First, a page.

from an apparent suicide in France while working on his CNN series “Parts Unknown,” the network announced Friday. He was 61.
This piece originally aired on November 5, 2016.
Chef Anthony Bourdain left the kitchen to become a best-selling author and is now known as an Emmy-winning, globe-trotting TV host. He’s a very busy guy as “CBS This Morning: Saturday” co-host Anthony Mason found out when he met him in New York for this special edition of “The Dish.”
After a life on the road traveling to parts unknown, eating with no reservations, Anthony Bourdain is very particular when he gets back home.
“So you don’t like being fussed over at restaurants, do you?” “CBS This Morning: Saturday” co-host Anthony Mason asked.
“No, I don’t. I don’t want to be comped. I don’t want extra courses. Just serve me like anyone else,” Bourdain replied.
That’s why he met Mason at Pastrami Queen on New York’s Lexington Avenue.
“This is your place when you come home?” Mason asked.
“This is my go-to. This is what I crave,” Bourdain said. “No matter how well I’ve been eating or where that might be, this is the first thing I want and need.”
In his travels, Bourdain has eaten everything from rotten shark to sheep testicles.
“Is there anything you won’t eat?” Mason asked.
“I’ve eaten a lot of bad food, I’ve eaten a lot of putrefied food,” Bourdain said. “It’s when no one cares at all, that’s soul-destroying. I mean, maybe I take it too seriously, but I will literally — a really carelessly made burger by a large cynical large company, the contempt implicit in that transaction can really send me into a spiral of depression that will last for days.”
Actually, little seems to slow him down.
“So how many pots do you have on the stove?” Mason asked.
“I don’t even know. A lot. I mean, but all of them are fun pots,” Bourdain said.
They include producing, writing and starring in his CNN series “Parts Unknown,” his web series “Raw Craft,” authoring a new cookbook and a speaking tour.
And for some 250 days a year, Bourdain is on the road.
“It’s been like that for the better part of 15 years,” Bourdain said.
“And you’re OK with that?” Mason asked.
“I’ve been sentenced to the best job in the world.”
It started in 1999, when the then-struggling chef wrote an article for the New Yorker titled “Don’t Eat Before Reading This.”
“Which mushroomed into a book deal?” Mason said.
“Overnight,” Bourdain said.
“Kitchen Confidential: Adventures in the Culinary Underbelly,” published in 2000, turned the restaurant world inside out and Bourdain’s life upside down.
“And this book changed everything,” Mason said.
“Everything. I mean I was 44 years old, uninsured, hideously and hopelessly in debt, behind on my taxes, behind on my rent,” Bourdain said.
The book would sell more than a million copies and launch a new career for the culinary bad boy.
“How is this guy different than that guy?” Mason asked.
“I think when you travel as much as I have you — I don’t want to say I’m more humble, but I think you become aware of how other people live, how hard their lives are, how big the world is,” Bourdain said. “And then of course, the fatherhood changes everything. I became a father at 50. You know, at that moment you stop being the star of the film.”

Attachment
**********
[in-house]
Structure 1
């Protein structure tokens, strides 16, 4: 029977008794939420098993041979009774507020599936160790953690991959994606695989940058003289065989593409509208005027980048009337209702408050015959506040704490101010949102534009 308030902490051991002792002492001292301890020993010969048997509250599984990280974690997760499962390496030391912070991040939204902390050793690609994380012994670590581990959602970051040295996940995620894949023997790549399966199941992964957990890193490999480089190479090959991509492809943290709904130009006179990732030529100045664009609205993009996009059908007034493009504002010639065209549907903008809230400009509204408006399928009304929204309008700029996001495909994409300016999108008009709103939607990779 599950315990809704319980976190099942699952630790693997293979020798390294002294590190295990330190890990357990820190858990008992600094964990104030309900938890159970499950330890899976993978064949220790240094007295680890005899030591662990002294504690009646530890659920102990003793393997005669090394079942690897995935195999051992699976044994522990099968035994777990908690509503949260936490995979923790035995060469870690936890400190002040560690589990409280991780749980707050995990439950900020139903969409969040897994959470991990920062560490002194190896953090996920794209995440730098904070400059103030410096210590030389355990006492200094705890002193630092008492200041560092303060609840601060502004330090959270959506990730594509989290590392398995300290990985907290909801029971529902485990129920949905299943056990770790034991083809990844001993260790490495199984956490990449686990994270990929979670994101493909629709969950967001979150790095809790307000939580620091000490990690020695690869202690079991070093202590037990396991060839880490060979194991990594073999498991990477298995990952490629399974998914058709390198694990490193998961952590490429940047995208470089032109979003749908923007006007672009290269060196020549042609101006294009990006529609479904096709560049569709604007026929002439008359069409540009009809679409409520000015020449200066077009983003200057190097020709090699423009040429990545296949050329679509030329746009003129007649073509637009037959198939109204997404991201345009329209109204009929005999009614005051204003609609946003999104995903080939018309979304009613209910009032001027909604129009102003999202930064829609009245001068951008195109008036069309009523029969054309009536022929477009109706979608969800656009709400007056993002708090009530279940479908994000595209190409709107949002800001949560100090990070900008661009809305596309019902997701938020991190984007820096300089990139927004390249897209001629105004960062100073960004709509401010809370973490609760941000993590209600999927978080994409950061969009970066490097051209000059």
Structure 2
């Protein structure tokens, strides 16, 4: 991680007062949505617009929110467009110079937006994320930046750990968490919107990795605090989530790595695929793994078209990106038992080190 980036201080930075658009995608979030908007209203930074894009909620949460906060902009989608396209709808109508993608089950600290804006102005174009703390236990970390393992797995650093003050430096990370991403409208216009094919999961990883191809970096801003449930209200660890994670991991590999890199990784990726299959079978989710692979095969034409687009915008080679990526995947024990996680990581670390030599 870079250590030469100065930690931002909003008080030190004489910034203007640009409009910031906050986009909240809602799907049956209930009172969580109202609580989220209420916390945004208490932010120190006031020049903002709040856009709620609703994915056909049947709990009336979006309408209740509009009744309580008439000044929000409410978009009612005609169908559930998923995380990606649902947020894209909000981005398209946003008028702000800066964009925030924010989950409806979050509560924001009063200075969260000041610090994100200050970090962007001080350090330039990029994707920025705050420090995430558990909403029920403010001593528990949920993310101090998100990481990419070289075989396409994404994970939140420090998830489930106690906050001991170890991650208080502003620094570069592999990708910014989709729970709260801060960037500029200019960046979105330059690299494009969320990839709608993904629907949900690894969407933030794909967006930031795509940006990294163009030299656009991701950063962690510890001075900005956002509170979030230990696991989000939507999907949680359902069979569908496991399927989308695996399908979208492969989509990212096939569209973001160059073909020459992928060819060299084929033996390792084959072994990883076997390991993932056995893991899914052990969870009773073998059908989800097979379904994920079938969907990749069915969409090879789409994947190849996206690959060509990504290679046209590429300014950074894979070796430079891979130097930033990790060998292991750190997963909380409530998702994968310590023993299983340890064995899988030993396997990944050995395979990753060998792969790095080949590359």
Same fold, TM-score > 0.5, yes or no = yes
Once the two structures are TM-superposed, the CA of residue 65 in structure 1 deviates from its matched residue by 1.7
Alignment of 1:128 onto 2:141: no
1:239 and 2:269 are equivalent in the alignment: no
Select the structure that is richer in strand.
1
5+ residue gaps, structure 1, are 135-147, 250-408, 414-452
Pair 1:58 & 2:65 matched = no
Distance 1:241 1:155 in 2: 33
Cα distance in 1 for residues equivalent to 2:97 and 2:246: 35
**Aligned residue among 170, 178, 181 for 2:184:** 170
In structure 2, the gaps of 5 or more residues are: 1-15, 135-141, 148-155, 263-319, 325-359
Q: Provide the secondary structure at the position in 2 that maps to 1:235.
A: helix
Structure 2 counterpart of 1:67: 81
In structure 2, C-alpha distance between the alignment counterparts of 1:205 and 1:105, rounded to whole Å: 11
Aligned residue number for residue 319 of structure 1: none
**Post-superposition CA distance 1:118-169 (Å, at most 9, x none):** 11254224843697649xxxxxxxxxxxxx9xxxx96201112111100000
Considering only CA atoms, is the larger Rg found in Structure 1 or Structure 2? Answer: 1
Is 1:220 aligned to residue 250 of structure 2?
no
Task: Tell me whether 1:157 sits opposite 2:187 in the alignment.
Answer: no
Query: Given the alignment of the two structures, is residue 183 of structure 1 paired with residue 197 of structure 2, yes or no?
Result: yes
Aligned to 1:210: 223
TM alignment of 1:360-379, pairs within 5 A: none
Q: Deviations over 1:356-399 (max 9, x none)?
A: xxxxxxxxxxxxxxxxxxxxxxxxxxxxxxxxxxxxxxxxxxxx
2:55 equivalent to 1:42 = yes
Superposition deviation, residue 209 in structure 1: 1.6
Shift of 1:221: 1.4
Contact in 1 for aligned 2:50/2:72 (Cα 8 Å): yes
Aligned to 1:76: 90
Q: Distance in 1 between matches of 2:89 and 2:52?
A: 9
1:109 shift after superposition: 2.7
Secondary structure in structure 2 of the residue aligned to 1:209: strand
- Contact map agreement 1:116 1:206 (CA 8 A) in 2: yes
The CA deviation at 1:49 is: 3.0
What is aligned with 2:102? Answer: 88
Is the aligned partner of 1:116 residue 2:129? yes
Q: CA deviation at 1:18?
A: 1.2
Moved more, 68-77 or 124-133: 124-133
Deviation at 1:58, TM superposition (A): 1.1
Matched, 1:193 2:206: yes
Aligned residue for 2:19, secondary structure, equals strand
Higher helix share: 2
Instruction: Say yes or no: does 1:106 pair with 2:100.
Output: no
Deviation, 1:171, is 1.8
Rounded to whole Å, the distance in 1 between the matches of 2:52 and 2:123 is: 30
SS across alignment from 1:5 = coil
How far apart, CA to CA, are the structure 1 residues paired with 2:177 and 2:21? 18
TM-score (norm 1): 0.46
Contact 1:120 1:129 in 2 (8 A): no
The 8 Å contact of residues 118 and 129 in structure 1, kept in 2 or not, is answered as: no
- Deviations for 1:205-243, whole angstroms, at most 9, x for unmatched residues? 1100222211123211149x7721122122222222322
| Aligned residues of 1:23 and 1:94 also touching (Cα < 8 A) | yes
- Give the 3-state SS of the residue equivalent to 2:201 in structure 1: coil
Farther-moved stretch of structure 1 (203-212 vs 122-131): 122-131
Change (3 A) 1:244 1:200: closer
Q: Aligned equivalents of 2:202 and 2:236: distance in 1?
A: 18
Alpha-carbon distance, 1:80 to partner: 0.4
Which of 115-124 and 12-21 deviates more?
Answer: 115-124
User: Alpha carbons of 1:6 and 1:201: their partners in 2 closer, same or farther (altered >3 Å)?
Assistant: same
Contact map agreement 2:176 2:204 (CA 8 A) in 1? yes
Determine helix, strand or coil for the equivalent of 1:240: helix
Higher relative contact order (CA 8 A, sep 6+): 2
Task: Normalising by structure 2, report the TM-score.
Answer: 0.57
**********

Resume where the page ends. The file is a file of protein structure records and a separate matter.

“That’s the truth,” Mason said, laughing.
“For me that was an enormous relief and a gift,” Bourdain said.
His daughter, Ariane, is the inspiration for his new cookbook, “Appetites.”
“The person I am trying to please, more often than not, is a 9-year-old and her friends,” Bourdain said. “And I thought it would put a stake in the heart of the bad boy image left over from 1999.”
As with any edition of The Dish, Mason grabbed a drink with the chef.
“This is some very good 30-year-old Balvenie whiskey,” Bourdain said.
At Bemelmans Bar in the Carlyle Hotel, they sampled some of Balvenie’s best scotch, which sells for about $1,000 a bottle.
“Very smooth,” Mason said.
“It better be,” Bourdain said.
Bourdain has partnered with the Scottish distillery on his new web series, “Raw Craft,” to profile great artisans.
“So what is it you admire about them?” Mason asked.
“I think because I worked in an industry where everything was fungible, everything was replaceable, everything was temporary — food — you only had that one second of satisfaction,” Bourdain said. “There’s a little part of me that’s always thought, ‘Wouldn’t it be nice to be able to make beautiful things with my hands that last?'”
He’s had a lot of unlikely encounters in his travels. This season on “Parts Unknown,” Bourdain met up with President Obama in a small Hanoi restaurant in Vietnam.
“It was not an ideal situation from the Secret Service’s point of view, I assure you. It was a room about this size, I think one exit, second floor of a not particularly clean noodle shop,” Bourdain said. “He’s very good with chopsticks, which endears anyone to me. And it was nice seeing the president of the United States drinking beer out of a bottle.”
“Is there anybody out there you still really want to have a meal with?” Mason asked.
“Keith Richards,” Bourdain said. “I’ve been trying for years. We’d do like bangers and mash and maybe cook steak and kidney pie with Keith Richards. And talk about British naval history, which he’s a big fan of. I think that would be super cool.”